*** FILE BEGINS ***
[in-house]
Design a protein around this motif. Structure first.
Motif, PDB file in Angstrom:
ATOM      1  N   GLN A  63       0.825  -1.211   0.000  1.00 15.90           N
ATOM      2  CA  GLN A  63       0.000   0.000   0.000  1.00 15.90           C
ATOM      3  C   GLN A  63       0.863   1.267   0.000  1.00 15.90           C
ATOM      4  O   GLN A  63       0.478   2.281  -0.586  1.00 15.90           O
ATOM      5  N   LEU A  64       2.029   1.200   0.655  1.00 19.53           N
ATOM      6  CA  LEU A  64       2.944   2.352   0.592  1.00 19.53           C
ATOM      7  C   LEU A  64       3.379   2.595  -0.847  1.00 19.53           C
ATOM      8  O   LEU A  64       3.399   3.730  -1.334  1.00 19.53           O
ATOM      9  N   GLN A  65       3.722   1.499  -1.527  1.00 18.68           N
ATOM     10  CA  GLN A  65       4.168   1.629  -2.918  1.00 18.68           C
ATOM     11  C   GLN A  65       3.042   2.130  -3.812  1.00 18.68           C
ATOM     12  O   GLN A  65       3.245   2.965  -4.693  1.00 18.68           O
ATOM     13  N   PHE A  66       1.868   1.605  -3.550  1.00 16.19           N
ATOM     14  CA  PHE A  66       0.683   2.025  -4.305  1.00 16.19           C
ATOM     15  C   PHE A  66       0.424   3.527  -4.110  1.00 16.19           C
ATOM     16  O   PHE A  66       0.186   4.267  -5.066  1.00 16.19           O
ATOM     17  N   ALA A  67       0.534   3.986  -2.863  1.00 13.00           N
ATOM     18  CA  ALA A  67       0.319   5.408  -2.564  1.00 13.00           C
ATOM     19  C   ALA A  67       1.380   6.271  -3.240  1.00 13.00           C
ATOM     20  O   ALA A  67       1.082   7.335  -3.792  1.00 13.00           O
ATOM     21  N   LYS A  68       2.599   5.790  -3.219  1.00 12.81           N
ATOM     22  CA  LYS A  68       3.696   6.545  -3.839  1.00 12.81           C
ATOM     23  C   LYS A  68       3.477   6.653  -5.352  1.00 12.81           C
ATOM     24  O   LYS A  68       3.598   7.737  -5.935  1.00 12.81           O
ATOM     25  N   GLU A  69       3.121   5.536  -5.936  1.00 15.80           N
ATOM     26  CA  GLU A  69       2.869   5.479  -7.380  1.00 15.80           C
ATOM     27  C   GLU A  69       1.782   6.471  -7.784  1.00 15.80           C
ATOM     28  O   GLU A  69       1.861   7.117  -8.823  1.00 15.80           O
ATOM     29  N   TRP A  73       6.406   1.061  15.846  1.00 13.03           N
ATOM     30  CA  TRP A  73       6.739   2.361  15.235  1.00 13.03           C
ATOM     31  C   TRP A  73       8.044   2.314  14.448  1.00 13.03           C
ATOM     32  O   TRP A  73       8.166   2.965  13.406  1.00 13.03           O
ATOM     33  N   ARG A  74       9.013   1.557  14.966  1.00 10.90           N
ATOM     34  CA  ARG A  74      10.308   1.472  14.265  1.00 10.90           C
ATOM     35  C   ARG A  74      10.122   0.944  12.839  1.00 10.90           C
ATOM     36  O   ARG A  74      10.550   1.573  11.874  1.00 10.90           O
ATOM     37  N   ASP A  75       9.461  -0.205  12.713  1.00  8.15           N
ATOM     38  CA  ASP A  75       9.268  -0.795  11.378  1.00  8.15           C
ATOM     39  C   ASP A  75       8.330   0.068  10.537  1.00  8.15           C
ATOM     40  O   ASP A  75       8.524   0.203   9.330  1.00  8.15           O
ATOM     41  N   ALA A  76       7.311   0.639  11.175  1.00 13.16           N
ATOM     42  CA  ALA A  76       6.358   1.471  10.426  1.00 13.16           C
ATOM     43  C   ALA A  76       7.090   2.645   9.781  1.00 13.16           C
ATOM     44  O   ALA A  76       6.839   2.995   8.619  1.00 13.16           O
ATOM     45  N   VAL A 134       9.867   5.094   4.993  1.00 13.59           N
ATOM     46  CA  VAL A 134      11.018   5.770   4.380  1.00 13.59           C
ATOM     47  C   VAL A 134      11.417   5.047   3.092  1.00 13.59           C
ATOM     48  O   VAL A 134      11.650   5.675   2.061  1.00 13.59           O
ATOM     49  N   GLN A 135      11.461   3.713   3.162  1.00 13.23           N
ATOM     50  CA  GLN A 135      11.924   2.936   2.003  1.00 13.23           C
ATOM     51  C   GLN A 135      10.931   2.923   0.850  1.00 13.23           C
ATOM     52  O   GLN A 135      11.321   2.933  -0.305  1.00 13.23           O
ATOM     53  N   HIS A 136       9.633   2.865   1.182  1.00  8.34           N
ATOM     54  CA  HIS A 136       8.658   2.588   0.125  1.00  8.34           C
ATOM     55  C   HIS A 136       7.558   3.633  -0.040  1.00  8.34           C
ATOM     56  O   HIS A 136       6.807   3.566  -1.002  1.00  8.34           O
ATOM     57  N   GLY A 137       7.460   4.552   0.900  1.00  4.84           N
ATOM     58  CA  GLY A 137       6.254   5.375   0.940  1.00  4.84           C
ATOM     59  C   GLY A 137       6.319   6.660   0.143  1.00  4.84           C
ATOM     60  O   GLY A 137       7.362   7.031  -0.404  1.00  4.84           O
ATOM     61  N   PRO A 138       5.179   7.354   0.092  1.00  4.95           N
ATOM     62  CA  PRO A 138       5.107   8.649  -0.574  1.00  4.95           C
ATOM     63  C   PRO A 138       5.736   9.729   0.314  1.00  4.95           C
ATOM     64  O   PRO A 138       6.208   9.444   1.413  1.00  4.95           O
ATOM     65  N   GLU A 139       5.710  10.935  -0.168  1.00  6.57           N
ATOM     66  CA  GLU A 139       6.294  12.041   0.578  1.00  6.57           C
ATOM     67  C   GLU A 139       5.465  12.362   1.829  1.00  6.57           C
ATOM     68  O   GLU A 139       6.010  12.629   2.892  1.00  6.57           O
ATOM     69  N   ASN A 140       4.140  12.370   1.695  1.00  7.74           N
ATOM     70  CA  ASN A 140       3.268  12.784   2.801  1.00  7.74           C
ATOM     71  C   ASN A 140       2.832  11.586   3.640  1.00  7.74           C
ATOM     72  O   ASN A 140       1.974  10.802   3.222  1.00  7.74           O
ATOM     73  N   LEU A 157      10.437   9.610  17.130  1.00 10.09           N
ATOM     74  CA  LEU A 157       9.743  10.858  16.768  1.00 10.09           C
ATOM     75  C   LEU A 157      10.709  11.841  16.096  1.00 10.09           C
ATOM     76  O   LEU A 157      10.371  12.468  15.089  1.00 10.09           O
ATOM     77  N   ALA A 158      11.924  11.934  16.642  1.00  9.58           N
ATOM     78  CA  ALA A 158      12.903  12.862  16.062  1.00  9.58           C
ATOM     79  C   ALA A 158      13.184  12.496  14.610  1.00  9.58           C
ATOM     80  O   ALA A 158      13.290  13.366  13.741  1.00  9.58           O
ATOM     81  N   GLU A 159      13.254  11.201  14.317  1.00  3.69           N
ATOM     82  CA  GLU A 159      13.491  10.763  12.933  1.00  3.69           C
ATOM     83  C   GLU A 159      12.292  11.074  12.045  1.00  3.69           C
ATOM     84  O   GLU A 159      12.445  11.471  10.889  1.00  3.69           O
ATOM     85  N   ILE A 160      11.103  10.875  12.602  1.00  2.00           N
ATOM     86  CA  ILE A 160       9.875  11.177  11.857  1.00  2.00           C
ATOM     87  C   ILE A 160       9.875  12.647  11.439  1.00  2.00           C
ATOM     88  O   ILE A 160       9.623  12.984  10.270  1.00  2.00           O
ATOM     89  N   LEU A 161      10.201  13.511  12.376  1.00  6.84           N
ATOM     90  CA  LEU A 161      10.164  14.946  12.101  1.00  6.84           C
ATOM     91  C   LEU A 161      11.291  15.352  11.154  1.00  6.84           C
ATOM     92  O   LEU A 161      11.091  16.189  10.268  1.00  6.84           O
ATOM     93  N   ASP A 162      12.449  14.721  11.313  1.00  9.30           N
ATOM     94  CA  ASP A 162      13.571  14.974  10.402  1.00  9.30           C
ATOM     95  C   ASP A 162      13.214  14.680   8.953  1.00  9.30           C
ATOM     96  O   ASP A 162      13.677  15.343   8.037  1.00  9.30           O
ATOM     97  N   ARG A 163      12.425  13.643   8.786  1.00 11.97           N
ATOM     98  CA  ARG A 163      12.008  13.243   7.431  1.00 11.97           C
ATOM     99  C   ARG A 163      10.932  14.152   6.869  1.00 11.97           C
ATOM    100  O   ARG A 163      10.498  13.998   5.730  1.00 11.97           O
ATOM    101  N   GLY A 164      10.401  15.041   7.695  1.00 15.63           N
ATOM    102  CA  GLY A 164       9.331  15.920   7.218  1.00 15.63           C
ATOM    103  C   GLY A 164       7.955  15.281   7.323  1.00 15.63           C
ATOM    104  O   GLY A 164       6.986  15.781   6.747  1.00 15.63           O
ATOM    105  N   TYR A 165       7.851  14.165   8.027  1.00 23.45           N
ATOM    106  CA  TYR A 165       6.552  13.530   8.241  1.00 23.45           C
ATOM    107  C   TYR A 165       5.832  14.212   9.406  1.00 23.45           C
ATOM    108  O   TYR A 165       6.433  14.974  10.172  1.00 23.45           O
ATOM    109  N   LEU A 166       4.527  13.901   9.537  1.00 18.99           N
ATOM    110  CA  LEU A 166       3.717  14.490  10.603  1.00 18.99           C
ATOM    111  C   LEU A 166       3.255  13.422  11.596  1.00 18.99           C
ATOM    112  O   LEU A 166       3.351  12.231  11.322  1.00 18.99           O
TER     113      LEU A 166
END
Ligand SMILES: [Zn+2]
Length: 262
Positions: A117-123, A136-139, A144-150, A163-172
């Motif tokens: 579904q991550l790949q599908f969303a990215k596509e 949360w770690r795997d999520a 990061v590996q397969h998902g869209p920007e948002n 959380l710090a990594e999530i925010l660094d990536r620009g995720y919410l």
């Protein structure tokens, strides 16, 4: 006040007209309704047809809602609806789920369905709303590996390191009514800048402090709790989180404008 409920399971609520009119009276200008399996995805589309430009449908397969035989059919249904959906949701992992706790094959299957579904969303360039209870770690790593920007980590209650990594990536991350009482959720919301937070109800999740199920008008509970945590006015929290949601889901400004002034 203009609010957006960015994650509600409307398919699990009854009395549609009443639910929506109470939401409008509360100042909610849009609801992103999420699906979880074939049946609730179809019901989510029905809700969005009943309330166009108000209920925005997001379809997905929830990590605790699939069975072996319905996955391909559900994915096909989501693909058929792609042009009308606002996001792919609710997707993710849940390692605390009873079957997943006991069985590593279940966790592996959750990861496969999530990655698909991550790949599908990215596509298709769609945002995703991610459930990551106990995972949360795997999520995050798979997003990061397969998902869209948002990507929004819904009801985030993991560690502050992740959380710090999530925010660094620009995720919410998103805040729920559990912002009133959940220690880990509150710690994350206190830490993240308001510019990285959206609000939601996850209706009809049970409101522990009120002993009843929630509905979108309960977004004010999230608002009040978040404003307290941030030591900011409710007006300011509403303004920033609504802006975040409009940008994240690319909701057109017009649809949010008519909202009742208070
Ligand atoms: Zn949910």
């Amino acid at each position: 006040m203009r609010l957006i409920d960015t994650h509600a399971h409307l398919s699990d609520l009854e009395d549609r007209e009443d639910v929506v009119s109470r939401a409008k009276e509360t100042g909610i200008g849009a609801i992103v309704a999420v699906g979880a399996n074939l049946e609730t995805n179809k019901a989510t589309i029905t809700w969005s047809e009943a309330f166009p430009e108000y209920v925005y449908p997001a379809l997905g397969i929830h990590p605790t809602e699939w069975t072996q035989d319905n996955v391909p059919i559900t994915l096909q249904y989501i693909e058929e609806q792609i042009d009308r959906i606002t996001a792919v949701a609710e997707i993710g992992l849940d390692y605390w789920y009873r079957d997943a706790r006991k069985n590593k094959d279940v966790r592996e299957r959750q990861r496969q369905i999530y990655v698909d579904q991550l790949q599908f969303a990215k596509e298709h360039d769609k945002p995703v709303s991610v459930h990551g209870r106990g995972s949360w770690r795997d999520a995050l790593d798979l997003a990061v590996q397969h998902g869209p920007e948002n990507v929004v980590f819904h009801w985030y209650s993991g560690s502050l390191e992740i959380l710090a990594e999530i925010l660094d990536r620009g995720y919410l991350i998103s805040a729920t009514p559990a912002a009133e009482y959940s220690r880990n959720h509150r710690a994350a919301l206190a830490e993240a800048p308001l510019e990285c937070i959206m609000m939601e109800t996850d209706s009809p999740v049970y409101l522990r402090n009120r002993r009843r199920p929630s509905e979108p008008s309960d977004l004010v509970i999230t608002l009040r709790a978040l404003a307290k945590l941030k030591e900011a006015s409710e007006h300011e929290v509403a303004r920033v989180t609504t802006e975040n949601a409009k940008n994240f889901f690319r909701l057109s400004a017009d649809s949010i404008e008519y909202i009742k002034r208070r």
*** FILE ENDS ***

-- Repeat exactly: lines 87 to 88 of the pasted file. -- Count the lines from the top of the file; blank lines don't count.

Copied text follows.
ATOM     84  O   GLU A 159      12.445  11.471  10.889  1.00  3.69           O
ATOM     85  N   ILE A 160      11.103  10.875  12.602  1.00  2.00           N